By: John Egenes
Publisher: Delta Vee
Publication Date: August 2017
Reviewed by: Skyler Boudreau
In 1974, John Egenes decided to embark on a months-long mission to travel across the country on horseback, from California to Virginia Beach, accompanied only by his horse and best friend, Gizmo. Passing through eleven states, they experienced numerous hardships and trials and witness some of the wildest natural places in the United States. Man & Horse: The Long Ride Across America is a tale of the stunning transformation of a man and his horse on an immeasurably difficult journey from their home, to the other side of the country.
Man & Horse is told through a mix of Egenes’ first person point-of-view accounts, photographs, and old logbook entries. Each piece of the format blends together perfectly and adds a unique element to the story that allows the reader to digest the events in different ways. Egenes’ writing style also makes use of all five senses, immersing the reader in every aspect of his and Gizmo’s journey. The reader feels like they are walking alongside the two of them during their story.
Egenes chooses to begin their journey on the West Coast rather than the East Coast. He writes, “...because we are traveling west to east and crossing great deserts first, we will become hardened to the trail, rough and feral, and adopt the attitude ‘it’s us against the world.’” (pg. 24) This proves to be the right decision, as “...the eastern part of America is fenced and tame. There is no open country, no place to spend days and weeks by yourself.” (pg. 24) He goes on to explain that had they begun in the reverse, they would not have achieved the complete isolation they did until much later in their journey and would have emerged from the challenge far different than they did.
It’s difficult to imagine a feat like this being accomplished today. While Egenes faced many challenges in 1974, like being bitten by a black widow spider in the middle of the desert far from civilization and the needed antidote, there are new challenges in 2019 that would make his journey just as difficult. In one line of this book, Egenes says, “I’m reminded daily how fragile this existence of ours is.” (pg. 76) One mistake could be the end of them. From the expansion of cities to the popularization of social media, today’s travelers would be unable to achieve the same level of near-total isolation that Egenes and Gizmo experienced in the 70’s.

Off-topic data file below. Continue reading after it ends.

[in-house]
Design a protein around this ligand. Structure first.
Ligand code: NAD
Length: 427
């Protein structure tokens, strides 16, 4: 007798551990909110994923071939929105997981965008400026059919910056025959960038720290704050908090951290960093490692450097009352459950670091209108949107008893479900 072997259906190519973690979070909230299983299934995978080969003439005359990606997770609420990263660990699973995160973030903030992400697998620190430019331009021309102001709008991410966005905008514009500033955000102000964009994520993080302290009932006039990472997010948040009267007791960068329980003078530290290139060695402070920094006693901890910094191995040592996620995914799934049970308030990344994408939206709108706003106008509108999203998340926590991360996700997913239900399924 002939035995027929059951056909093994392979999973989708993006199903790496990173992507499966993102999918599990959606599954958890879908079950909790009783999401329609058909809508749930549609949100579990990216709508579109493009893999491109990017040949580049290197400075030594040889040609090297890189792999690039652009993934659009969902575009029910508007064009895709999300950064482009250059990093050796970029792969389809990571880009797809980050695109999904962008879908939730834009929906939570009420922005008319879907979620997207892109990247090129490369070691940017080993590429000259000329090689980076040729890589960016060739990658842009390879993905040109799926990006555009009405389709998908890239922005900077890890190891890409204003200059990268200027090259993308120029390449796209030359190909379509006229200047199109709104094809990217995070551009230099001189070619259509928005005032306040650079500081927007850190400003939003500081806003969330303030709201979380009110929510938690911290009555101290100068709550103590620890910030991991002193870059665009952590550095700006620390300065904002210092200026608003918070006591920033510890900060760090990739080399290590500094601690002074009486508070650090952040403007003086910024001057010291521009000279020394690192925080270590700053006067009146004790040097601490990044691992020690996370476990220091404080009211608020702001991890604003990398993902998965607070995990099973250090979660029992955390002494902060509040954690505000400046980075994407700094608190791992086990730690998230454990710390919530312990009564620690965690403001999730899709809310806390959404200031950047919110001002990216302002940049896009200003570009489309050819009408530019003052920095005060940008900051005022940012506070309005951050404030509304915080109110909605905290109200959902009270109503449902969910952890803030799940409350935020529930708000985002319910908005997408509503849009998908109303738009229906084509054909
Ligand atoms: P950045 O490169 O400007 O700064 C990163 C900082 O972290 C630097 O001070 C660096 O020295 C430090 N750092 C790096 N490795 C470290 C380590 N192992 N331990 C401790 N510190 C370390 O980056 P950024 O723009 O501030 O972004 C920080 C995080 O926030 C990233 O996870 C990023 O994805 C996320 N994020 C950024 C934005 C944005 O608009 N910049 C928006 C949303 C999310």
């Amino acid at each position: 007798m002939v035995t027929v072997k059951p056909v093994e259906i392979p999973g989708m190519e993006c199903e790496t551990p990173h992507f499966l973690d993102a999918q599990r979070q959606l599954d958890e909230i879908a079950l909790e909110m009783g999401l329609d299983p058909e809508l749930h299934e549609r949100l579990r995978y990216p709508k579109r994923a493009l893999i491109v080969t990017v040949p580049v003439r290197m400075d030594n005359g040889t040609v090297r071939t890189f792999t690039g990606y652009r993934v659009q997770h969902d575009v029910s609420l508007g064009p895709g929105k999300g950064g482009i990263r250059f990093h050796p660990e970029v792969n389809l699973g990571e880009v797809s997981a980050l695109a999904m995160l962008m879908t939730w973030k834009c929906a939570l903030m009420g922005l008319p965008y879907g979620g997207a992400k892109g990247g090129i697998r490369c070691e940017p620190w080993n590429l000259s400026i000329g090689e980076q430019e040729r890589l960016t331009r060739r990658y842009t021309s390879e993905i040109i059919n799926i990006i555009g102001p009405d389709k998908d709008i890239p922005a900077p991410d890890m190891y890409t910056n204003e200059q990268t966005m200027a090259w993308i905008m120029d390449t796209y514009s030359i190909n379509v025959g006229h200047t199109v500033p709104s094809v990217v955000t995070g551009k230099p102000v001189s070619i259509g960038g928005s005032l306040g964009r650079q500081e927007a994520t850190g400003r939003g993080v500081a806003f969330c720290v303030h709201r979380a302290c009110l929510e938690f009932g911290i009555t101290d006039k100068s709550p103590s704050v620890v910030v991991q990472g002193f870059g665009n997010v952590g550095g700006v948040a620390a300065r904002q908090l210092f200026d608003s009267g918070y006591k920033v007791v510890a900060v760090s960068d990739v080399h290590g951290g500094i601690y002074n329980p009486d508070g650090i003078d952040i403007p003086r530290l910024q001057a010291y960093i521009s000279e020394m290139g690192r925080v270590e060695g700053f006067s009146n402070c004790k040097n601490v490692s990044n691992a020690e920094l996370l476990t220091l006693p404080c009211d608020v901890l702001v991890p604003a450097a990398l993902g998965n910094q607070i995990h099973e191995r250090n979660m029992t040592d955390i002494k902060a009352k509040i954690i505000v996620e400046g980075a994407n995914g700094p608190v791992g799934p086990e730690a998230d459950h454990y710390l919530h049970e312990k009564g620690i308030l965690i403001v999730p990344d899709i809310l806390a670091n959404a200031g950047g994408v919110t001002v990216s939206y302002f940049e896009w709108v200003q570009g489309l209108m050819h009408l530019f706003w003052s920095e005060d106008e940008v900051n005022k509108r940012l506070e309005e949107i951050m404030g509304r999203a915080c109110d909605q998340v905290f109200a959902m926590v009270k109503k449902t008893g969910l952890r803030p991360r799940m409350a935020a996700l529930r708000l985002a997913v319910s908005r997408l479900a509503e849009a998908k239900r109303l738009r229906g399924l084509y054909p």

One powerful lesson readers can take from Man & Horse: The Long Ride Across America is the virtue of taking life at a slow pace. Egenes must find ways to fill long stretches of empty time on his long journey, away from the easy distractions of everyday civilization. He says, “It’s best not to look ahead to see how much time you must fill. The real trick is to simply live in the moment (I know, a bit cliché, but it’s true nonetheless) and allow yourself to focus on what’s in front of you without worrying about how long it will take you to do something or how much time you have before sunset.” (pgs. 122-123)
Quill says: Man & Horse is more than a horse book or a survivalist book. It is an illustration of a great part of a man’s life and shows its audience that if they really want to do something, even something that seems wild, impossible, or unattainable, they can still achieve it with an iron will to succeed.